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Business 2 Business: Lawyers, a ladder and a dictionary

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What do these things have in common?

They were all key ingredients in a recent case before the Queensland Supreme Court.

Robert thought his estate planning was in place. After all, Robert had a Will; a death benefit nomination to deal with his self-managed super fund; and an enduring power of attorney.

Sadly, Robert fell off a ladder, suffered a brain injury and lost capacity. Robert’s wife then also died unexpectedly.

Robert’s superannuation nomination didn’t really cater for the unexpected passing of his wife.

Robert’s enduring power of attorney gave his Attorney an express power to ‘renew’ Robert’s Superannuation Nomination.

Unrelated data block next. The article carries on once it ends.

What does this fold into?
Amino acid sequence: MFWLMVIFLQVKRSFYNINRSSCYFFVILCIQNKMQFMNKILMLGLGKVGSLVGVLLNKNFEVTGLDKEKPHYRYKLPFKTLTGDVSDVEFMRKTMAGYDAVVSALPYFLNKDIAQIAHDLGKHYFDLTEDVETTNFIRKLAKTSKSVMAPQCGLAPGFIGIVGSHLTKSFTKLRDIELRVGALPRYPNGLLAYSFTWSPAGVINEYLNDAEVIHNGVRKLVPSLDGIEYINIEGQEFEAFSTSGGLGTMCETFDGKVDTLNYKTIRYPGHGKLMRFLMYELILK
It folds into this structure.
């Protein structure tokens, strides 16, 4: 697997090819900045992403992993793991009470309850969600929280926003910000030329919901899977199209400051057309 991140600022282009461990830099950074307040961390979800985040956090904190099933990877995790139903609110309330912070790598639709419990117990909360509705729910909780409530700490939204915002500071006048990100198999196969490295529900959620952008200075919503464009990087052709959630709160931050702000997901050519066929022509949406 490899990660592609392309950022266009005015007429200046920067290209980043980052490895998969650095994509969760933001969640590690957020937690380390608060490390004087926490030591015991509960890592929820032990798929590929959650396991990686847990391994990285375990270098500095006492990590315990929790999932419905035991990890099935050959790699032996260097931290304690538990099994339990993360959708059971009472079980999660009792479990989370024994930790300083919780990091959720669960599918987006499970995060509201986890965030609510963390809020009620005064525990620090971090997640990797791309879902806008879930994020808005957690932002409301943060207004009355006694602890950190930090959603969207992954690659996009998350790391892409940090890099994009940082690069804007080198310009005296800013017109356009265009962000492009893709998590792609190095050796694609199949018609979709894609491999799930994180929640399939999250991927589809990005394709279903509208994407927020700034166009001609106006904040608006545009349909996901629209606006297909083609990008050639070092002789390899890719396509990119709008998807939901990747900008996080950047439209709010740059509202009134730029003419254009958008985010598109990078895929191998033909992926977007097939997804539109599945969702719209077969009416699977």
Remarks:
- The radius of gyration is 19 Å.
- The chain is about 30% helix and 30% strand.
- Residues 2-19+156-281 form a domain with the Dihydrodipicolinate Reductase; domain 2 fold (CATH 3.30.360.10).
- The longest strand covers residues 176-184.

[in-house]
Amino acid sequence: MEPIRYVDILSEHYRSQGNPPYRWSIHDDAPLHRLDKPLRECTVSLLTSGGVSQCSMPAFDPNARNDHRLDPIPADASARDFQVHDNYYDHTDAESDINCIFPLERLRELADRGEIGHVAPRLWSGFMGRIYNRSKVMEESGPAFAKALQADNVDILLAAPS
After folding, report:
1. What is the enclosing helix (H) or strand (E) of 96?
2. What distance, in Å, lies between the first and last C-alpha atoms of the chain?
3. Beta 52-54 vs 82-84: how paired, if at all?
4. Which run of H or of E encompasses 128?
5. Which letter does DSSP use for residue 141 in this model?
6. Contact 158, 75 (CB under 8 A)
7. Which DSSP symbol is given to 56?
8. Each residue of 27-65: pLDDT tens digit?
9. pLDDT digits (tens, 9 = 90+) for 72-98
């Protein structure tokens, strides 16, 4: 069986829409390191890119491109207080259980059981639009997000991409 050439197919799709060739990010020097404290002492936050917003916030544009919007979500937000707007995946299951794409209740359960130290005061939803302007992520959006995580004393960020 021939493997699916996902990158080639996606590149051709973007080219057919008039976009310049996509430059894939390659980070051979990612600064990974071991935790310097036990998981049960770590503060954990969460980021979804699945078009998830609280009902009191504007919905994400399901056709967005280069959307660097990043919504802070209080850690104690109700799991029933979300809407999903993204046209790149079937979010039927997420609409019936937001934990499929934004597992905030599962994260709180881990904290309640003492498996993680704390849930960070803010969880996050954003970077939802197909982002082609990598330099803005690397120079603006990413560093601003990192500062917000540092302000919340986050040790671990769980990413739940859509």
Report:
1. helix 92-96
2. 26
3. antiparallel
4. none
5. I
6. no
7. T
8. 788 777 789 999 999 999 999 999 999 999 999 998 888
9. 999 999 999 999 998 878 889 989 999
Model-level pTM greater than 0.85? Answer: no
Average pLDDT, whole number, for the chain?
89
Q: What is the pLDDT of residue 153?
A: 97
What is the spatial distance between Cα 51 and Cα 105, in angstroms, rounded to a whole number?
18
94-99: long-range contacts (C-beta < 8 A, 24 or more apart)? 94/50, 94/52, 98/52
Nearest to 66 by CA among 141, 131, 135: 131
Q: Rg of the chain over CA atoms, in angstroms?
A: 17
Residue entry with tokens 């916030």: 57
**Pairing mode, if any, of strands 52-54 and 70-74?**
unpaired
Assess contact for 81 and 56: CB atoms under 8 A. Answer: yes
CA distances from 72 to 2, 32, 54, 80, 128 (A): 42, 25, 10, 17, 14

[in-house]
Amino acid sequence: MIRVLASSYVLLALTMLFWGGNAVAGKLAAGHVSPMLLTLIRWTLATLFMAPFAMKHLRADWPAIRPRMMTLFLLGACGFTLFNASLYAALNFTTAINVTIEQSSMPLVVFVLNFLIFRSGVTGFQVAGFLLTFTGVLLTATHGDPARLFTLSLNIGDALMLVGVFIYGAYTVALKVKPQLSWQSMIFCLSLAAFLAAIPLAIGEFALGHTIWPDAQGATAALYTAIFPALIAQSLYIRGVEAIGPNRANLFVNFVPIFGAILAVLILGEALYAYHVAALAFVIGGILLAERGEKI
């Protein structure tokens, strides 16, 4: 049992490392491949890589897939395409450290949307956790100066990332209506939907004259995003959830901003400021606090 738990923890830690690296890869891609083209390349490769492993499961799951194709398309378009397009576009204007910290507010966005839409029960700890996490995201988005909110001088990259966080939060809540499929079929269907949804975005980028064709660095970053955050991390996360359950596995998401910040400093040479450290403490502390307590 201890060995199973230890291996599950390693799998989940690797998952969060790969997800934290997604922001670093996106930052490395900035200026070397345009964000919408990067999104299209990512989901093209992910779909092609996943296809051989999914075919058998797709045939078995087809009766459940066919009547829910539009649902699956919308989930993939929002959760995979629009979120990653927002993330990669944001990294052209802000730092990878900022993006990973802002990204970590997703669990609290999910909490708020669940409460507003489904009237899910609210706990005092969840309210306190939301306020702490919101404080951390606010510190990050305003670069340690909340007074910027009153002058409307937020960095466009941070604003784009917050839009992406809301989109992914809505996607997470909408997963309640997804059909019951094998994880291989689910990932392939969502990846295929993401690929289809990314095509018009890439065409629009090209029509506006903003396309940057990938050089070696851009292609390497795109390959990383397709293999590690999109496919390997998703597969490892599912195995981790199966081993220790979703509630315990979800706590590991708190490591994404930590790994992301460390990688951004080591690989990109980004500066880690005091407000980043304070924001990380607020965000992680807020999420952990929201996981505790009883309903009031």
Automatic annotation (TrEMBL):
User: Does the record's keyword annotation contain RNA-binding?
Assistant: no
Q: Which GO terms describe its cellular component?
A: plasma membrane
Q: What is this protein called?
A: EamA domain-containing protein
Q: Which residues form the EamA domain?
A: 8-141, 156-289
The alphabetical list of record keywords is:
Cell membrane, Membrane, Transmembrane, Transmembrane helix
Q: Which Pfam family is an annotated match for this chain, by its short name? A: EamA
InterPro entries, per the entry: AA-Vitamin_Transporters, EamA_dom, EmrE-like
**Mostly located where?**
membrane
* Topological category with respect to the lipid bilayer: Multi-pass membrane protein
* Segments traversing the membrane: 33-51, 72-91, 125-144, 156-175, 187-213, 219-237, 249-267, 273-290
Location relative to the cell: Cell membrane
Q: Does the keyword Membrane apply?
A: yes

Could Robert’s attorney simply renew Robert’s existing nomination, or could the attorney actually change the nomination and the percentage received by the beneficiaries under it?

The court ultimately found the dictionary meaning of renew was broad enough to allow Robert’s attorney to make a superannuation nomination that was different to the one Robert had made.

There were a lot of other issues at play in the court proceedings, but the clear take-away message is that you shouldn’t attempt to do your estate planning without legal advice.

Trent Wakerley, Director, Kruger Law, Level 3, Ocean Central, Ocean Street, Maroochydore, 5443 9600, krugerlaw.com.au

This column is part of our Business 2 Business (B2B) series featuring industry leaders sharing their expertise. For more great articles, SUBSCRIBE to our FREE news feed, direct to your inbox daily. All you need to do is enter your name and email below.

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